Flight and fancy at new NASA lab
- By Daniel Keegan
- Jun 23, 2000
A new NASA Aeronautics Education Laboratory in Los Angeles allows students
to use computer workstations that simulate planning a flight, checking equipment
and flying around the country.
Using 10 state-of-the-art computers, students can study aeronautics
by examining elements of satellite global positioning, remote sensing, amateur
radio and aircraft design.
The final step — participating in the virtual flight across the country — allows students to "visit" NASA's four aeronautical centers, take tours
and use wind tunnels.
"It's a much better and exciting way for students to learn about aeronautics,"
said Jo Anne Charleston, chief of the Office of Education Programs at NASA's
Glenn Research Center in Cleveland, Ohio. "It's better than reading it from
NASA has 15 such labs across the country, but the one that opened in
Los Angeles last week is the first in the western part of the country. Another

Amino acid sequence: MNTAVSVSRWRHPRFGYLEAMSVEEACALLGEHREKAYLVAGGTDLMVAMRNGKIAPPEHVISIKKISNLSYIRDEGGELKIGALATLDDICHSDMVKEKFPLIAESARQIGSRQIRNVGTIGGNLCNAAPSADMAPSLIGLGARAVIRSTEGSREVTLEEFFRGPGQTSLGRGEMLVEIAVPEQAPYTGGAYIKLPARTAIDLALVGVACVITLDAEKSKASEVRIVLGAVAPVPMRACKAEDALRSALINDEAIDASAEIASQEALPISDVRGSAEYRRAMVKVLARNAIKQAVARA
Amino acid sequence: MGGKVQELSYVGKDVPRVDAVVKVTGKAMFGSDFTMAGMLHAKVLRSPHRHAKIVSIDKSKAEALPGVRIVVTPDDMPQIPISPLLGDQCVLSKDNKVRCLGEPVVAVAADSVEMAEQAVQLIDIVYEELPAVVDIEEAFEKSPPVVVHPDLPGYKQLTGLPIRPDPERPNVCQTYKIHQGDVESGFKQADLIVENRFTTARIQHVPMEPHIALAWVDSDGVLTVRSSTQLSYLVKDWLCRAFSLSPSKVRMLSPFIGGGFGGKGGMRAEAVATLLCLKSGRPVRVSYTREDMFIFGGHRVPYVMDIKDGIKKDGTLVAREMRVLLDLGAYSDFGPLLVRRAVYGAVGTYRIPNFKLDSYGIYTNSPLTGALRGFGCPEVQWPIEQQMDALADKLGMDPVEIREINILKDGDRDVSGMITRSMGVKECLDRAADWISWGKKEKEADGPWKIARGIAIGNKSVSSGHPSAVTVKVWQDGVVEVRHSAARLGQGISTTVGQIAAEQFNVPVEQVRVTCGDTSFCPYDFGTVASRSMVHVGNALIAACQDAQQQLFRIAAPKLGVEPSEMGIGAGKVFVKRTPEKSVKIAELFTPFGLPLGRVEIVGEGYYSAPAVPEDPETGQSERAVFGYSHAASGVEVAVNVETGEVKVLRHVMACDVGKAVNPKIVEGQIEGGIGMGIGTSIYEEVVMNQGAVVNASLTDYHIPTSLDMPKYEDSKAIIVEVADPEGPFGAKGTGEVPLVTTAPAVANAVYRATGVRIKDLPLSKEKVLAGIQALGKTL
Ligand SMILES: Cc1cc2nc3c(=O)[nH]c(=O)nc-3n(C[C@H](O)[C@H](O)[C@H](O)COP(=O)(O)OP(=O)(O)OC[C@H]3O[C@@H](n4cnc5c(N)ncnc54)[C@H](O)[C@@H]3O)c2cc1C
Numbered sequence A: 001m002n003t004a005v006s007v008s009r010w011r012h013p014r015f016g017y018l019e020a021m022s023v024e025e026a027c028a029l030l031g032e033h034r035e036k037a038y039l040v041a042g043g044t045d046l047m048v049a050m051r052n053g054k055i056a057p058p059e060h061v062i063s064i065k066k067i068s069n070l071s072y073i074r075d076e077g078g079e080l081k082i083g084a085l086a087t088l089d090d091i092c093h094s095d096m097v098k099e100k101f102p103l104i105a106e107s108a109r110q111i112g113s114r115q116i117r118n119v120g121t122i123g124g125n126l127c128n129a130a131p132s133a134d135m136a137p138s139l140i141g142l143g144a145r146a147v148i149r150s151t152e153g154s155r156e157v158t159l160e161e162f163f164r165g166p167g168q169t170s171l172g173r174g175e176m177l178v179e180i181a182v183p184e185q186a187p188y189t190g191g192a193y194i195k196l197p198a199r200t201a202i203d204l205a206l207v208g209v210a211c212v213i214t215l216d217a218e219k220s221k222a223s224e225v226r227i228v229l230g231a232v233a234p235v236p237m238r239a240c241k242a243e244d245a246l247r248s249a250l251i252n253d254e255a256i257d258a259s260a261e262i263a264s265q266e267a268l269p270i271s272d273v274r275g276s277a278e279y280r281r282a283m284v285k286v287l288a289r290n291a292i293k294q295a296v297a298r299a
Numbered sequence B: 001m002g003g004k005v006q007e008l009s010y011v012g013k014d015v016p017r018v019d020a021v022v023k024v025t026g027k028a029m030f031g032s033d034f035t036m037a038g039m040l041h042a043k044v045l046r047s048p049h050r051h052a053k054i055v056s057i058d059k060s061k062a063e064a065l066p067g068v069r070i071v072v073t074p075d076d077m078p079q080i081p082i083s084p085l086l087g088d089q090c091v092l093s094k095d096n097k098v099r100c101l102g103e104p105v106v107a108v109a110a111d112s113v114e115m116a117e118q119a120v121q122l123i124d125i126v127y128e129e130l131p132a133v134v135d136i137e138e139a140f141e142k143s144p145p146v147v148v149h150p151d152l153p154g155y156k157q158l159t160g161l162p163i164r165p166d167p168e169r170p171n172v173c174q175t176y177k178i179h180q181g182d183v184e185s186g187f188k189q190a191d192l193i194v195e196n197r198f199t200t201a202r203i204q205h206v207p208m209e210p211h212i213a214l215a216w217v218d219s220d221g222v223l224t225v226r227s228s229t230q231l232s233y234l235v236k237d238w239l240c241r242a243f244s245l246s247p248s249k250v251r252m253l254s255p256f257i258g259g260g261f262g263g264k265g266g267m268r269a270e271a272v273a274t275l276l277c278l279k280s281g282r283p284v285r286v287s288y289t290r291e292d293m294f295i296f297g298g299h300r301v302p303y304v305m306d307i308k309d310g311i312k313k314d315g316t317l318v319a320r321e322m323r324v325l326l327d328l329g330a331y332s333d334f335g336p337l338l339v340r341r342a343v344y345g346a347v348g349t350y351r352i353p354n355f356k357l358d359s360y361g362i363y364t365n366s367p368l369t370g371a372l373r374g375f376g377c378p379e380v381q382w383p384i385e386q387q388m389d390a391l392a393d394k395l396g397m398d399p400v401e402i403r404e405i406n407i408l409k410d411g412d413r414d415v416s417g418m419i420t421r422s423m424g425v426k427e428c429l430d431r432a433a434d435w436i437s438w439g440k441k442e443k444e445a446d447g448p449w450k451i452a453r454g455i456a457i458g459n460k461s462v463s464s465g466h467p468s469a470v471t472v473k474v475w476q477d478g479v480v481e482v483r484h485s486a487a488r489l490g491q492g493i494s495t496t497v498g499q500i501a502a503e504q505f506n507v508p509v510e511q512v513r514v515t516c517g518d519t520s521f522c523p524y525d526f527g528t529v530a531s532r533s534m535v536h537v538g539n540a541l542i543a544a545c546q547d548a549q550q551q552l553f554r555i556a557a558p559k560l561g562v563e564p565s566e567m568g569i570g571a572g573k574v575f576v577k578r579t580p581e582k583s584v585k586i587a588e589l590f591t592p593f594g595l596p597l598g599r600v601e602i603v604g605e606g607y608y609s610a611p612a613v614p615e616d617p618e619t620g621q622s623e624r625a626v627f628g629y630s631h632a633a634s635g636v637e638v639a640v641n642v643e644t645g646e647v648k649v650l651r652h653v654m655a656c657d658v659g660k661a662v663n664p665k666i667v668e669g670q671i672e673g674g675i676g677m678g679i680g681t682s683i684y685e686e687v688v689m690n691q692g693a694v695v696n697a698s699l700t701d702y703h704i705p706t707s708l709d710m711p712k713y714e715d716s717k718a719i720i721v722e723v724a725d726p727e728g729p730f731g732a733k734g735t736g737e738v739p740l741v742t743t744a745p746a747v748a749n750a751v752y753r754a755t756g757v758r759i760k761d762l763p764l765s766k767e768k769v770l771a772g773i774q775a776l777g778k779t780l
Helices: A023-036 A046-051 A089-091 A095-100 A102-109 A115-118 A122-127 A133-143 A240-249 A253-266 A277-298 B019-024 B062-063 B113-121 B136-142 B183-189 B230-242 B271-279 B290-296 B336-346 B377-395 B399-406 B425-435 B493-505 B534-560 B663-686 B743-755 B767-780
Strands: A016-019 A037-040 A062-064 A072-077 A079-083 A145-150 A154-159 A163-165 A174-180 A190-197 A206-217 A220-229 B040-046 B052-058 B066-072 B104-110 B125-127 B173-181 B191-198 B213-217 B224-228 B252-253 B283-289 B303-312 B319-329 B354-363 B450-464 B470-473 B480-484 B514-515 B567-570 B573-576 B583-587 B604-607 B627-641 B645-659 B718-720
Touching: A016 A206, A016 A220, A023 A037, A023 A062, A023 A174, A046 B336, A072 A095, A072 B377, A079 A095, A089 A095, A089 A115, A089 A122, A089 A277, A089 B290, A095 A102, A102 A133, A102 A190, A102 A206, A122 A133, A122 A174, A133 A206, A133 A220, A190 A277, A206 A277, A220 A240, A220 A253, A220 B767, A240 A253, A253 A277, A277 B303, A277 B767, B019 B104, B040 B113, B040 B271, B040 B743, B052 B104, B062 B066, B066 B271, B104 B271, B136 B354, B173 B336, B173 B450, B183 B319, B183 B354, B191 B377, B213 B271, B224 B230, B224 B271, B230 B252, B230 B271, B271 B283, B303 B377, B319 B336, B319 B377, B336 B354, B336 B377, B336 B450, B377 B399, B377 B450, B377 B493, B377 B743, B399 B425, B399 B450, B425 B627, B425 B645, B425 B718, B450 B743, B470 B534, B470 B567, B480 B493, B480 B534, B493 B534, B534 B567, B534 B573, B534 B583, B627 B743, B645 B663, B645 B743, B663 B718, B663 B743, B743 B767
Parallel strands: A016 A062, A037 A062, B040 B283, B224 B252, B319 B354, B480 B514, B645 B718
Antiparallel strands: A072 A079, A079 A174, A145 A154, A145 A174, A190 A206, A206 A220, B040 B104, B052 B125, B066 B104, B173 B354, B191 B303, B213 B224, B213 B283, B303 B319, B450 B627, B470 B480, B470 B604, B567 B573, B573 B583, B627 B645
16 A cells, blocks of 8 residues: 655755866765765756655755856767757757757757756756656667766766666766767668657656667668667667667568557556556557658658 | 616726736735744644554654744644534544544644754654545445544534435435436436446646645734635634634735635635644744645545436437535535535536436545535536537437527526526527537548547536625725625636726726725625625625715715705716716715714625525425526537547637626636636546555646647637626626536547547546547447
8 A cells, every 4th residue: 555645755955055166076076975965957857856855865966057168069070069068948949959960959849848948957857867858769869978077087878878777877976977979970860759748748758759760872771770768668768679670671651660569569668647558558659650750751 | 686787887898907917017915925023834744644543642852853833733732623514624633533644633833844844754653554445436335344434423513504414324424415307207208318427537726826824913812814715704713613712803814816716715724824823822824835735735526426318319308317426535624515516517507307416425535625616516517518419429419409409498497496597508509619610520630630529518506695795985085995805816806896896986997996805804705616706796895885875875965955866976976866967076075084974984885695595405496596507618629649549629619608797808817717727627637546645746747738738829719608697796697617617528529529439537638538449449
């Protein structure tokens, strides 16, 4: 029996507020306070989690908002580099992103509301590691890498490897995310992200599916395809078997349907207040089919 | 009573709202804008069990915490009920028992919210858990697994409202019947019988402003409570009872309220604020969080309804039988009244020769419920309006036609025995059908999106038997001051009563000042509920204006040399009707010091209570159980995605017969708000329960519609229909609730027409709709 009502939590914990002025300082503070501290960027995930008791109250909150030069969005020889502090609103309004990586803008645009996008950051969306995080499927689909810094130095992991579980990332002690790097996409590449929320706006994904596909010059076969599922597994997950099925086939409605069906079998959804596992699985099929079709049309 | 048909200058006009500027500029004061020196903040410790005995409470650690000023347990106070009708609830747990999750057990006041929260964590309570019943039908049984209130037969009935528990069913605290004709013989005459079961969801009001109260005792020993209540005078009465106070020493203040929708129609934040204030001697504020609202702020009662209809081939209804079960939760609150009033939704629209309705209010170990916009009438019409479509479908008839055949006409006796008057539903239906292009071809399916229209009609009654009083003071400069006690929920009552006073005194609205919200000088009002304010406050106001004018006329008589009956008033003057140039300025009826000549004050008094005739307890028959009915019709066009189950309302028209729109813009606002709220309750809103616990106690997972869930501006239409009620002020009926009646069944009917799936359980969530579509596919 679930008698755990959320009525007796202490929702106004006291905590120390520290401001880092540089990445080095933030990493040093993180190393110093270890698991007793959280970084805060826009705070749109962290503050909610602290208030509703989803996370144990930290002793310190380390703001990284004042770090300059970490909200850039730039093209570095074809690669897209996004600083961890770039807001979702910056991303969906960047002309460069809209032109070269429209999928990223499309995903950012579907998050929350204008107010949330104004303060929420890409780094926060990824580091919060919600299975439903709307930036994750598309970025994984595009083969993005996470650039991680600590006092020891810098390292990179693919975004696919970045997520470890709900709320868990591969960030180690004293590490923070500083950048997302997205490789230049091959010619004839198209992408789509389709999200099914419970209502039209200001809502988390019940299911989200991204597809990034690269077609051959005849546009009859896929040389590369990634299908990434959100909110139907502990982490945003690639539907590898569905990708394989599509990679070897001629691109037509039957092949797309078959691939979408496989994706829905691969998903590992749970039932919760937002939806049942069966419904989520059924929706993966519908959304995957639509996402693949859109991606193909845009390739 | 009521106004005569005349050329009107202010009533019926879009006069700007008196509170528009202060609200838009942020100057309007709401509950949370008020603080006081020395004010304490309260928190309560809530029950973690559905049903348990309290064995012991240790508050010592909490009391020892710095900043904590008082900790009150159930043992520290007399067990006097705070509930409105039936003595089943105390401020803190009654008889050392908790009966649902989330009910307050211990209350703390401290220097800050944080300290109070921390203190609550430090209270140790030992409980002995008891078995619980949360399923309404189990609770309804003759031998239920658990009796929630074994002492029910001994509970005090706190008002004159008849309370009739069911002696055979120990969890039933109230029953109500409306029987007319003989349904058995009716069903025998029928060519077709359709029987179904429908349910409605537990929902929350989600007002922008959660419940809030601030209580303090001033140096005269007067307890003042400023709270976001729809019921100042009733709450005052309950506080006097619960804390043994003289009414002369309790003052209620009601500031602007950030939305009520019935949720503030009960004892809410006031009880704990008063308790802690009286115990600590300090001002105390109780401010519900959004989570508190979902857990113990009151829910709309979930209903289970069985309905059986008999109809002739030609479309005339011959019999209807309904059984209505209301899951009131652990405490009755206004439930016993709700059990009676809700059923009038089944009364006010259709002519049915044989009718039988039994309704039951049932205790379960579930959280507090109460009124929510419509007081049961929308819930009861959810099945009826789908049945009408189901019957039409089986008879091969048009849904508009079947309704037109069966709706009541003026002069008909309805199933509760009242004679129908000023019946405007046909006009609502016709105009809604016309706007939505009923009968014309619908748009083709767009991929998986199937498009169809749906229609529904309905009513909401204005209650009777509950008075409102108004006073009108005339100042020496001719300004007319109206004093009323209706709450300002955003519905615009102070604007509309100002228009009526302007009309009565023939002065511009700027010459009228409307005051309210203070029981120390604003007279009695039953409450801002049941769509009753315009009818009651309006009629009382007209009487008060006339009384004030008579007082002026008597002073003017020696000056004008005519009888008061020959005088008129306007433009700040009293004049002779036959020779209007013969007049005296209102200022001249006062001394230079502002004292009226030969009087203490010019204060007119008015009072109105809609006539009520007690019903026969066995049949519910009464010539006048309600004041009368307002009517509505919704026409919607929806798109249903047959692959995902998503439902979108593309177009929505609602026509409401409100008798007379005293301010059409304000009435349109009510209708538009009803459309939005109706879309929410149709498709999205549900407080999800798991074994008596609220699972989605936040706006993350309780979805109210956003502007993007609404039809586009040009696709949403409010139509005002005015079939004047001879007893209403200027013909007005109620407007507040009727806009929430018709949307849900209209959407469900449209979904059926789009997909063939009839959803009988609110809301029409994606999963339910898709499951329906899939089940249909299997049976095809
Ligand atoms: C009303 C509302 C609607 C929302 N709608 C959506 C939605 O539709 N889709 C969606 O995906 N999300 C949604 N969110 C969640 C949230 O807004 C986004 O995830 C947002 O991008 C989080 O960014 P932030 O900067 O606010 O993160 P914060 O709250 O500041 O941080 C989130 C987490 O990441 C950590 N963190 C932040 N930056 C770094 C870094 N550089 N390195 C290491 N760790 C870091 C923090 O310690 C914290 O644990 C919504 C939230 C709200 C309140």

lab will open June 26 in Atlanta. Two others are being planned: One will
teach students about zero gravity, and the other will allow students to
visit a virtual space station, act as commander and launch or repair a satellite.
Charleston said teachers often bring their classes to the labs after
first using a NASA-prepared curriculum to familiarize students with the
topics. Designed for students in grades seven through 12, the labs also
help teachers learn about NASA. Many people, she said, don't realize that
NASA also works in aeronautics, not just space travel.
NASA's Office of Equal Opportunity Programs provided $200,000 to establish
the laboratory; the Glenn Research Center designed and implemented it.